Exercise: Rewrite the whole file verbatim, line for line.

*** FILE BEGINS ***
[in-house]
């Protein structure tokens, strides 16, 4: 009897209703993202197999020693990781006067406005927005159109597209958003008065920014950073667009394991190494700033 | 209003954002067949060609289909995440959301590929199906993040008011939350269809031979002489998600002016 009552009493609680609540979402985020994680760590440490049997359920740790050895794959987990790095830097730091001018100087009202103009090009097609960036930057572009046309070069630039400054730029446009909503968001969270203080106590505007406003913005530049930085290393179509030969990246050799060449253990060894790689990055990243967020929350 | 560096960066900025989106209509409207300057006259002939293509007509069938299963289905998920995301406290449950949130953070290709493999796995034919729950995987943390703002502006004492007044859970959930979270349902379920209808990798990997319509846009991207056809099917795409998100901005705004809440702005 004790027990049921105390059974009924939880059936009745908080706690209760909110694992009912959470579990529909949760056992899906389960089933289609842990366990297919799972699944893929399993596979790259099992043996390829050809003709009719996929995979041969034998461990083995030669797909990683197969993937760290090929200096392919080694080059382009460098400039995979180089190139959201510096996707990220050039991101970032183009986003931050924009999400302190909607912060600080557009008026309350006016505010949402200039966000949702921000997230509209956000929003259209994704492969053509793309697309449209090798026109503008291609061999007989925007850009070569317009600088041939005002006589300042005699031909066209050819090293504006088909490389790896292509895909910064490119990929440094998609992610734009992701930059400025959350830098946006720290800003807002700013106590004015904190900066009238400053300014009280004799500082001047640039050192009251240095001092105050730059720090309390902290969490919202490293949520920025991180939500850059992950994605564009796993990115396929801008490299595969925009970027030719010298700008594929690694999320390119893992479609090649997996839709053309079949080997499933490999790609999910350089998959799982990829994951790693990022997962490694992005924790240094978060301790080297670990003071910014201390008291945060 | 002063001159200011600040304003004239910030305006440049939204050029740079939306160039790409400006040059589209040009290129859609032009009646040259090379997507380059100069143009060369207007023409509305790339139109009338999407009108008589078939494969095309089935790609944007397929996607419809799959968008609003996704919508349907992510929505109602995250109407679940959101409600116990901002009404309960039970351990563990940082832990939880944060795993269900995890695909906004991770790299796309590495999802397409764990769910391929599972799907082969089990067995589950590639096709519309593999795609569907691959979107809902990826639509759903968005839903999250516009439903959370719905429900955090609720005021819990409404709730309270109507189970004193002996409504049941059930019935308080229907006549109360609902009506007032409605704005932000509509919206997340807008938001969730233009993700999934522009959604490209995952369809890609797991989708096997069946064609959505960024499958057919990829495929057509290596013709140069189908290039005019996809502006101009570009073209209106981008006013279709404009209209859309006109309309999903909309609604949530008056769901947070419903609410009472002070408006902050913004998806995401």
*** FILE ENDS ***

[in-house]
């Protein structure tokens, strides 16, 4: 009897209703993202197999020693990781006067406005927005159109597209958003008065920014950073667009394991190494700033 | 209003954002067949060609289909995440959301590929199906993040008011939350269809031979002489998600002016 009552009493609680609540979402985020994680760590440490049997359920740790050895794959987990790095830097730091001018100087009202103009090009097609960036930057572009046309070069630039400054730029446009909503968001969270203080106590505007406003913005530049930085290393179509030969990246050799060449253990060894790689990055990243967020929350 | 560096960066900025989106209509409207300057006259002939293509007509069938299963289905998920995301406290449950949130953070290709493999796995034919729950995987943390703002502006004492007044859970959930979270349902379920209808990798990997319509846009991207056809099917795409998100901005705004809440702005 004790027990049921105390059974009924939880059936009745908080706690209760909110694992009912959470579990529909949760056992899906389960089933289609842990366990297919799972699944893929399993596979790259099992043996390829050809003709009719996929995979041969034998461990083995030669797909990683197969993937760290090929200096392919080694080059382009460098400039995979180089190139959201510096996707990220050039991101970032183009986003931050924009999400302190909607912060600080557009008026309350006016505010949402200039966000949702921000997230509209956000929003259209994704492969053509793309697309449209090798026109503008291609061999007989925007850009070569317009600088041939005002006589300042005699031909066209050819090293504006088909490389790896292509895909910064490119990929440094998609992610734009992701930059400025959350830098946006720290800003807002700013106590004015904190900066009238400053300014009280004799500082001047640039050192009251240095001092105050730059720090309390902290969490919202490293949520920025991180939500850059992950994605564009796993990115396929801008490299595969925009970027030719010298700008594929690694999320390119893992479609090649997996839709053309079949080997499933490999790609999910350089998959799982990829994951790693990022997962490694992005924790240094978060301790080297670990003071910014201390008291945060 | 002063001159200011600040304003004239910030305006440049939204050029740079939306160039790409400006040059589209040009290129859609032009009646040259090379997507380059100069143009060369207007023409509305790339139109009338999407009108008589078939494969095309089935790609944007397929996607419809799959968008609003996704919508349907992510929505109602995250109407679940959101409600116990901002009404309960039970351990563990940082832990939880944060795993269900995890695909906004991770790299796309590495999802397409764990769910391929599972799907082969089990067995589950590639096709519309593999795609569907691959979107809902990826639509759903968005839903999250516009439903959370719905429900955090609720005021819990409404709730309270109507189970004193002996409504049941059930019935308080229907006549109360609902009506007032409605704005932000509509919206997340807008938001969730233009993700999934522009959604490209995952369809890609797991989708096997069946064609959505960024499958057919990829495929057509290596013709140069189908290039005019996809502006101009570009073209209106981008006013279709404009209209859309006109309309999903909309609604949530008056769901947070419903609410009472002070408006902050913004998806995401």